DR. MAHATHIR BIN MOHAMAD: Most Americans, I think, know very little about East Asia or Southeast Asia. American businesspeople who have been here, they are very knowledgeable about this area, but the average American? No. We are horrified to find most Americans do not know the capitals of foreign countries or even the capitals of American states. I mean, our education system emphasizes knowledge of the outside world. The American education system apparently stresses knowledge of the United States. An American [baseball] tournament, for example, is called a world series, but is confined only to America. It's not a world series at all.
INTERVIEWER: So how does that impact globalism and globalization? America is pushing globalization and a free-market system, but as you say, America knows very little about the outside world.
DR. MAHATHIR BIN MOHAMAD: No, the American view of globalization is colored by its inward-looking view of everything. In this, what happens to America, that is of interest and concern. If American globalists, or whatever you may call them, decide to look at the effect on other countries, then they would realize that the effect would not be the same as in America. It will not bring about the kind of prosperity. Theoretically, of course, an inflow of capital will bring about prosperity. We do not argue against that, because we have experienced that inflow, but when capital is pulled out, it can cause a country to collapse completely. In a free-market system, in a borderless world, money cannot only come in, but it can be pulled out even more rapidly, and that will, in fact, cause a collapse.
INTERVIEWER: When [the crisis] happened to Malaysia, you had overseen a lot of the great development in Malaysia, 40 years of economic growth, extremely high growth. You then have tens of billions rushing out, and the economy collapses. What was that like to witness?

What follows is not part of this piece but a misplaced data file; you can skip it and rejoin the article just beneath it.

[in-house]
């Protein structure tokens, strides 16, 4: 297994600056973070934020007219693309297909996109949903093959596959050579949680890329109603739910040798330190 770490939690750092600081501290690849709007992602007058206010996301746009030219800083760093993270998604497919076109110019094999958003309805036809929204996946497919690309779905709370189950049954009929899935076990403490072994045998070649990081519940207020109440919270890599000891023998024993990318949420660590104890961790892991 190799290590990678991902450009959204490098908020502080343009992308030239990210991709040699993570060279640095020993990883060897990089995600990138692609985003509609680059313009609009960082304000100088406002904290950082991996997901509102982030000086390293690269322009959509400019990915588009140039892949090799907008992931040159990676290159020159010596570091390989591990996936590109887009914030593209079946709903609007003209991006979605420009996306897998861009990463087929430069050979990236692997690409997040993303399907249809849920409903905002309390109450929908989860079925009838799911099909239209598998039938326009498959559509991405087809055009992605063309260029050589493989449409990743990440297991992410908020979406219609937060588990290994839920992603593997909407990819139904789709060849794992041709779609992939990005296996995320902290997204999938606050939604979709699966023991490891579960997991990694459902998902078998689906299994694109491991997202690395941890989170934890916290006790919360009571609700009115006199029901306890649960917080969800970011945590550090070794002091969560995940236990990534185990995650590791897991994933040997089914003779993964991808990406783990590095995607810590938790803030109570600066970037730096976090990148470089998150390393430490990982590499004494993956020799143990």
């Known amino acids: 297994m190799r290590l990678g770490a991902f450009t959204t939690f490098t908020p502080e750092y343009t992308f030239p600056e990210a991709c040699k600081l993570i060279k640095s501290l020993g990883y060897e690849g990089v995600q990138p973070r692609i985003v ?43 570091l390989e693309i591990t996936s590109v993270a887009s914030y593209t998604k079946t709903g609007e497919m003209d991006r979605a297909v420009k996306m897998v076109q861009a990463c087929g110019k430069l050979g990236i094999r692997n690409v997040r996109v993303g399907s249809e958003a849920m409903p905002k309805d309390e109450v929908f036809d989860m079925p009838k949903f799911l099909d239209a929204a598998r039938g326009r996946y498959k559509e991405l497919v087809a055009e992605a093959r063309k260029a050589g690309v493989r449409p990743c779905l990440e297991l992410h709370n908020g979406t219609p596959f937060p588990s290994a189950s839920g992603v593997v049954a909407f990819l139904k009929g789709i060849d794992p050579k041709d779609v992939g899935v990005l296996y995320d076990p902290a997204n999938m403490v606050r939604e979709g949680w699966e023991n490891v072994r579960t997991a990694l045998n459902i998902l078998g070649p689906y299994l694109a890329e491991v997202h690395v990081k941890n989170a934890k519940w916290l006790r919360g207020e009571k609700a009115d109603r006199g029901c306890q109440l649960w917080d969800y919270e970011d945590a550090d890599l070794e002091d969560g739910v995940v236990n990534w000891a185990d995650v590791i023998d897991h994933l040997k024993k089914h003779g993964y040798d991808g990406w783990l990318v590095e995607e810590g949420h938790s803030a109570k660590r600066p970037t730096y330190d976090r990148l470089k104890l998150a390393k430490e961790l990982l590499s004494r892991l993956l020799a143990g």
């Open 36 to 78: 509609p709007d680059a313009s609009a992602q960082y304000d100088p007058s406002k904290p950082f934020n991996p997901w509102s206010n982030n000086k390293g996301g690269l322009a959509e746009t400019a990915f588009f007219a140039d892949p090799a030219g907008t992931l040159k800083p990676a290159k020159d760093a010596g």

DR. MAHATHIR BIN MOHAMAD: It was frightening. We really could not make out what was happening. We didn't foresee this thing. We saw fluctuations in the value of the ringgit [Malaysia's currency], but over a very narrow spectrum. But here we have the currency going down and down and down, and we have the stock market doing the same. The index kept on going down, no matter what we do. And we felt totally helpless. We felt that there was no way we could recover. So the feeling was really very bad, very frightening.
INTERVIEWER: Do you still [have] the feeling that you cannot recover? Do you still feel fearful?
DR. MAHATHIR BIN MOHAMAD: No, at the moment I am not fearful. Now we have recovered. We have truly recovered. But we worry that there may be other ways of destroying a country's economy which might be tried against our country again.
INTERVIEWER: After the crisis in Thailand, why was Malaysia, Indonesia, Korea -- why were not they not able to stop it [from] spreading to them?
DR. MAHATHIR BIN MOHAMAD: Because we have no say in controlling currency speculation. They can speculate with any currency, and their speculation is so designed that they can either revalue a currency or devalue a currency to any level. They hold this power, and they can literally make or break you by just by doing that. It has nothing to do with bad government or corruption or not being transparent, because if we were a bad government, then long ago our currency would have collapsed. Long ago we would not have been able to build up the country. But [it] is the same government, exactly the same government which has built up the economy of this country, and yet suddenly we are being told that is due to our bad government that the currency is collapsing. We don't believe that. We believe that it was due to people just selling off our currency, selling down our currencies. That's why it was devalued, not otherwise.
INTERVIEWER: After the crisis, Al Gore, vice president of America, said the reason there is a financial crisis is ... the lack of democracy -- corruption, collusion, nepotism, and lack of democracy in the East Asian countries. How did that make you feel?